Skip to main content
U.S. flag

An official website of the United States government

Modeling surficial sand and gravel deposits

January 1, 1994

Mineral-deposit models are an integral part of quantitative mineral-resource assessment. As the focus of mineral-deposit modeling has moved from metals to industrial minerals, procedure has been modified and may be sufficient to model surficial sand and gravel deposits. Sand and gravel models are needed to assess resource-supply analyses for planning future development and renewal of infrastructure. Successful modeling of sand and gravel deposits must address (1) deposit volumes and geometries, (2) sizes of fragments within the deposits, (3) physical characteristics of the material, and (4) chemical composition and chemical reactivity of the material. Several models of sand and gravel volumes and geometries have been prepared and suggest the following: Sand and gravel deposits in alluvial fans have a median volume of 35 million m3. Deposits in all other geologic settings have a median volume of 5.4 million m3, a median area of 120 ha, and a median thickness of 4 m. The area of a sand and gravel deposit can be predicted from volume using a regression model (log [area (ha)] =1.47+0.79 log [volume (million m3)]). In similar fashion, the volume of a sand and gravel deposit can be predicted from area using the regression (log [volume (million m3)]=-1.45+1.07 log [area (ha)]). Classifying deposits by fragment size can be done using models of the percentage of sand, gravel, and silt within deposits. A classification scheme based on fragment size is sufficiently general to be applied anywhere. ?? 1994 Oxford University Press.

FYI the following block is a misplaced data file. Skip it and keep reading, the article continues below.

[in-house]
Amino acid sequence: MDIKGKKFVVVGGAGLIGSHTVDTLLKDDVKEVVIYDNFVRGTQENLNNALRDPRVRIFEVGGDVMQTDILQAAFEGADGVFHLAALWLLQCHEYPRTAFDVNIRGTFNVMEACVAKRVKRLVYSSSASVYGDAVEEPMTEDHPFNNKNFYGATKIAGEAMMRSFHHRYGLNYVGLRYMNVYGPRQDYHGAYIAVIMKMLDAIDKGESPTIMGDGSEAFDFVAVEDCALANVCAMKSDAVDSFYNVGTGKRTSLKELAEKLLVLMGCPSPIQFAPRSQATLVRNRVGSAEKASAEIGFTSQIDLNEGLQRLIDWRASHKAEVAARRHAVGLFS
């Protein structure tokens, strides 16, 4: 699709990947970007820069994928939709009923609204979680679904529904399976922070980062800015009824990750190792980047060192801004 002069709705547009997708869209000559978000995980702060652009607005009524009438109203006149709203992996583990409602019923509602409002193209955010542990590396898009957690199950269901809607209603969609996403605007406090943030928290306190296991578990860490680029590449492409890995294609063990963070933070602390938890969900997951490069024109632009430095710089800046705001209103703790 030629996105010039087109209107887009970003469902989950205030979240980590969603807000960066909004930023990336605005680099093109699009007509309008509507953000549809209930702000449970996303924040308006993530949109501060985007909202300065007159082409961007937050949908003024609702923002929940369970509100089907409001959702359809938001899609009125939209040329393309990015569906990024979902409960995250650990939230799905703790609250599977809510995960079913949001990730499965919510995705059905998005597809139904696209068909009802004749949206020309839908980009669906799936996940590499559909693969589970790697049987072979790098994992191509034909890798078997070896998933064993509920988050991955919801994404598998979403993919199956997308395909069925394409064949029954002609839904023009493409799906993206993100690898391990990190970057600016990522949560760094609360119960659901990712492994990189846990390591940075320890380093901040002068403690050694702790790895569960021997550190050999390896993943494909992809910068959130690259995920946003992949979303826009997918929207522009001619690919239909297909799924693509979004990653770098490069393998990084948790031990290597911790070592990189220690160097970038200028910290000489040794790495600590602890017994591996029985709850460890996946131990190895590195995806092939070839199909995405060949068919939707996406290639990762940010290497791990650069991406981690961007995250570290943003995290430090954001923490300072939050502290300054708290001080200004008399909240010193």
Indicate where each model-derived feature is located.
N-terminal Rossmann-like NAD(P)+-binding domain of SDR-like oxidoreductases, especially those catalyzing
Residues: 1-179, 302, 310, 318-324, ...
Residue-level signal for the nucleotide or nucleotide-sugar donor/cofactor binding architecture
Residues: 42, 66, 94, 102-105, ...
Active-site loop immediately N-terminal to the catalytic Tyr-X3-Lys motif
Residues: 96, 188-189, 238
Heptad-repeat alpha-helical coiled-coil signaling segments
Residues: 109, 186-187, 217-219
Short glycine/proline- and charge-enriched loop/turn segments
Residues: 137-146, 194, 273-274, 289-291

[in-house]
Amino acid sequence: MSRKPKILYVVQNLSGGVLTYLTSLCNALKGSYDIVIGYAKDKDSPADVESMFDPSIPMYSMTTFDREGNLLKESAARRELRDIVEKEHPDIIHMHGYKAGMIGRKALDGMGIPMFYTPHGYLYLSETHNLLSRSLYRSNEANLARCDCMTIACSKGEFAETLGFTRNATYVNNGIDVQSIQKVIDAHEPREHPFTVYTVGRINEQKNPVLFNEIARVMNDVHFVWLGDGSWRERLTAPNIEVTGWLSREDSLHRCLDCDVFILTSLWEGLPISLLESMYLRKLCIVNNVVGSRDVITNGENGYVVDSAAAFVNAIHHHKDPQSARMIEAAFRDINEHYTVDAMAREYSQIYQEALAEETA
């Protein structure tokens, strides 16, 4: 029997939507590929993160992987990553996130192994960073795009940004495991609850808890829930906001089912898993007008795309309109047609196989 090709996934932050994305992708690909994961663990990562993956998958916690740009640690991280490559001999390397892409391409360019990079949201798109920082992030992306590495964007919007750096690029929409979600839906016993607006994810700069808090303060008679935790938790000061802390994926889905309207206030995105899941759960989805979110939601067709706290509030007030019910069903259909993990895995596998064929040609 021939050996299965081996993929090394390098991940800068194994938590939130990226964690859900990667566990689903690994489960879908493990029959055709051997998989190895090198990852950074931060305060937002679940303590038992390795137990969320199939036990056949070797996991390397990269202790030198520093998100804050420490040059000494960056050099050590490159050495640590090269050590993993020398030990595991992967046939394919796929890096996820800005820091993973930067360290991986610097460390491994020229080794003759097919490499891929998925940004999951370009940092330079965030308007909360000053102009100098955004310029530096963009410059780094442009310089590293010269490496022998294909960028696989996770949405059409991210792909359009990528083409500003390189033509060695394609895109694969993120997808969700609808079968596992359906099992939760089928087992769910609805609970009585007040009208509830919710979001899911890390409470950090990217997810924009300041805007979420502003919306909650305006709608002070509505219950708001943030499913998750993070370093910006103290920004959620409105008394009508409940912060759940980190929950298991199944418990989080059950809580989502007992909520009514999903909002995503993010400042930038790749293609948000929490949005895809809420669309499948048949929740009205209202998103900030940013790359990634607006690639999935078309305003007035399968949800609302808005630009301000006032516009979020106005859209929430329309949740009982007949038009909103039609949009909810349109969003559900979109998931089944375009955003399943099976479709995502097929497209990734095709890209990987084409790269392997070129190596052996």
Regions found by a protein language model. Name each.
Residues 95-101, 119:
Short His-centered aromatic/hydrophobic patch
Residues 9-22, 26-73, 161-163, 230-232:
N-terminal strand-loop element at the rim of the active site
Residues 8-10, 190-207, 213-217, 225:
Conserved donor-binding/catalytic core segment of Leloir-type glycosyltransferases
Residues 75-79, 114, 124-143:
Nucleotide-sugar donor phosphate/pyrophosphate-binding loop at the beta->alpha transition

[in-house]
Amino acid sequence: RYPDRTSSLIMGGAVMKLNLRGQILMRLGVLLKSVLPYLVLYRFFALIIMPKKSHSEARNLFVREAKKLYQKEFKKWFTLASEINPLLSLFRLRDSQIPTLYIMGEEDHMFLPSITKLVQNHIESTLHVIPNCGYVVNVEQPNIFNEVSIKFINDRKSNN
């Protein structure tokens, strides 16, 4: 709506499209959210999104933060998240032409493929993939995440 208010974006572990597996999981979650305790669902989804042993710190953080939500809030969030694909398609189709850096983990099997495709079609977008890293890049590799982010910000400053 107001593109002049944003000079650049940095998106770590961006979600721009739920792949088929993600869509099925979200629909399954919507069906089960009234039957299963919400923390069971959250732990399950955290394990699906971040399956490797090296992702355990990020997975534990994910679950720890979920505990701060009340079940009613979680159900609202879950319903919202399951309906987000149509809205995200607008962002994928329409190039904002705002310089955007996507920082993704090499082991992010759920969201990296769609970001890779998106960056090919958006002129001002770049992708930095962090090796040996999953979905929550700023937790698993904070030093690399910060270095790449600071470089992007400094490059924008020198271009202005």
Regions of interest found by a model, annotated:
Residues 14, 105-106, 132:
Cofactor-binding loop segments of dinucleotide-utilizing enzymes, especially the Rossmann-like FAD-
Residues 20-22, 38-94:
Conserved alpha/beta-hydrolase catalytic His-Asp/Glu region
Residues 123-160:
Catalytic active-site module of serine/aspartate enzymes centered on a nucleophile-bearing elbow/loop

Citation Information

Publication Year 1994
Title Modeling surficial sand and gravel deposits
DOI 10.1007/BF02259048
Authors J. D. Bliss, N. J. Page
Publication Type Article
Publication Subtype Journal Article
Series Title Nonrenewable Resources
Index ID 70017604
Record Source USGS Publications Warehouse